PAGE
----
Tuesday, 16 May 2017

Stoke Common Century

Martin Albertini, Andy King and I ran traps on Stoke Common, Bucks again last night in a last-ditch effort to find first-brood Small Chocolate-tip but once again the moth failed to show.  However, with more than 100 species recorded in the three hours we were there it was certainly a successful night!  Neofaculta ericetella and Narrow-winged Pug were again the most abundant species although their totals were well down on our last visit on 20th April.  Cydia ulicetana and Scoparia ambigualis were the only other moths present in any quantity but lack of numbers didn't mean lack of species.  Of the 72 macros recorded, Mocha and Cream-bordered Green Pea were both new for the site.  Mocha is found fairly regularly throughout the Chilterns but Cream-bordered Green Pea is more often encountered in the northern half of Bucks and sightings in the south are uncommon.  Other species trapped there which I don't recall having seen mentioned on the blog yet included Purple Bar, Common Marbled Carpet, Broken-barred Carpet, Lime-speck Pug, Small Yellow Wave, Small Seraphim, Scorched Wing, True Lover's Knot, Heart & Dart, White-point, Marbled Minor sp., Pale Mottled Willow, Green Silver-lines, Silver Y and Snout.  More than 30 micro species came to the traps, including Phylloporia bistrigella, Bucculatrix ulmella, Roeslerstammia erxlebella, Coleophora albicosta, Teleiodes luculella, Carpatolechia proximella, Ancylis uncella, Epinotia demarnianaRhyacionia pinivorana, a Dioryctria sp. and Pyrausta purpuralis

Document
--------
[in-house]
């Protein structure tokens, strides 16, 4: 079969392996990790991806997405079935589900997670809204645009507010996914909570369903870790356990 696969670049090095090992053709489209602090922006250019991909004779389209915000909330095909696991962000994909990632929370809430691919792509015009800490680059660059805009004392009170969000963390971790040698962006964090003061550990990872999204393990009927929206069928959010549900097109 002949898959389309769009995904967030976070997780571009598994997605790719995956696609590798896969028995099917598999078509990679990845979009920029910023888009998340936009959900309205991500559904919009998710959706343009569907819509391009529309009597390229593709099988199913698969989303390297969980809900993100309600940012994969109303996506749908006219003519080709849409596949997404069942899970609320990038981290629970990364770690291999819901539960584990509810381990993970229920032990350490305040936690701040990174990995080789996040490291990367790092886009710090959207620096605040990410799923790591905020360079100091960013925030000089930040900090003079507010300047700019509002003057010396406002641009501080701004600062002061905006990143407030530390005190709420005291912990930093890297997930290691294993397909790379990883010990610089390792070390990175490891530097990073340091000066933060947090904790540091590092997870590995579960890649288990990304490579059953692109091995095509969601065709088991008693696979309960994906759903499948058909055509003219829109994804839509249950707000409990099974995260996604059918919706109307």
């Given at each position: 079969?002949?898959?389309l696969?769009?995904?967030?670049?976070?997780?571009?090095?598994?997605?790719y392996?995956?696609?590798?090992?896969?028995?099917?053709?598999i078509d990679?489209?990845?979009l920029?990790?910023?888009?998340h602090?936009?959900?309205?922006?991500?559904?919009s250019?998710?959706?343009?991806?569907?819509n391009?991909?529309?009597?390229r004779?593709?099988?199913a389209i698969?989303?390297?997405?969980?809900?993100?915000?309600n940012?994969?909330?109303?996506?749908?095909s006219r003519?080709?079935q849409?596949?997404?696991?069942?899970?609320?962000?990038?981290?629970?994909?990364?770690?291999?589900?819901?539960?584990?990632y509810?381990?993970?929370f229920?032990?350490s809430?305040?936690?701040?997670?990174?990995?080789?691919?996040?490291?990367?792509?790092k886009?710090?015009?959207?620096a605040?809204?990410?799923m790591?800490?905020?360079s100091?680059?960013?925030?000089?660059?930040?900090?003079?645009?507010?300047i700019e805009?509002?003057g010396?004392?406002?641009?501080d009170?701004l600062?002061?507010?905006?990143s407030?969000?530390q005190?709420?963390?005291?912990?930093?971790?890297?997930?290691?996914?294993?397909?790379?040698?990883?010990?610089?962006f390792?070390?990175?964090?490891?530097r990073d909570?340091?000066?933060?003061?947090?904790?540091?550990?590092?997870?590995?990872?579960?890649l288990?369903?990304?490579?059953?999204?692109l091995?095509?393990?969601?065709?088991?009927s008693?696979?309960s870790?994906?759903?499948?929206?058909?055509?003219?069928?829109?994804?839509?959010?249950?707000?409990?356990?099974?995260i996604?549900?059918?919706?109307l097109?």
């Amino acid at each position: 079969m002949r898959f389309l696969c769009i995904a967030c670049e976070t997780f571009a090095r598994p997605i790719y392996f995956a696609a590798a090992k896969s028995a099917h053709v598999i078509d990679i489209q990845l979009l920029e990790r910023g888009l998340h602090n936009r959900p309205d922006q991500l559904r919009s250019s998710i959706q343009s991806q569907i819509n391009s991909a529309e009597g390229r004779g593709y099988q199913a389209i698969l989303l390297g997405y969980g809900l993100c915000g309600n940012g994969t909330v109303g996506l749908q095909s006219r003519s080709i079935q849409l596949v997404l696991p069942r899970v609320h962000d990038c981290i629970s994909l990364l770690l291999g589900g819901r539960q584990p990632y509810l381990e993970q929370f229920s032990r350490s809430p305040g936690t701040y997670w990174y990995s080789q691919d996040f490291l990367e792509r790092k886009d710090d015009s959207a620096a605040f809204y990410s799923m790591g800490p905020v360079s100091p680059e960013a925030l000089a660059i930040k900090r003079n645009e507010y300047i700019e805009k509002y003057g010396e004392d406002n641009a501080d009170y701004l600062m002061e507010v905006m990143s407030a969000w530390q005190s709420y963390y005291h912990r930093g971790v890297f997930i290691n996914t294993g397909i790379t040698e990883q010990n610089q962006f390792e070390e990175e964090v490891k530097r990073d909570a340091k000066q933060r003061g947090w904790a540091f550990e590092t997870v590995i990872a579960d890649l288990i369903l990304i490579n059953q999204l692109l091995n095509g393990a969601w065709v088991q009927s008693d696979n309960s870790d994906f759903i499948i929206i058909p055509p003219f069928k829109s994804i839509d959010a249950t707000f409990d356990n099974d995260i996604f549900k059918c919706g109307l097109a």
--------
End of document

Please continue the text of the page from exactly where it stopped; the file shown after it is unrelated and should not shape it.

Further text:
Stoke Common, 15th May

I'm not sure that I'm overly impressed with Windows photo-gallery's attempt at an auto-collage above but it saved me having to think about which of last night's pictures to include and which to leave out!  The six macros are all mentioned in the paragraph above and ought to be self-explanatory while the two micros shown are Ancylis uncella and the Dioryctria which I haven't yet had a chance to look at closely (three of the four Dioryctria species are known from Stoke Common).  The Eyed Ladybird is there simply because it looks nice and it is a very rare visitor to my light traps!

Dave Wilton
Westcott, Bucks


No comments:

Post a Comment

Note: only a member of this blog may post a comment.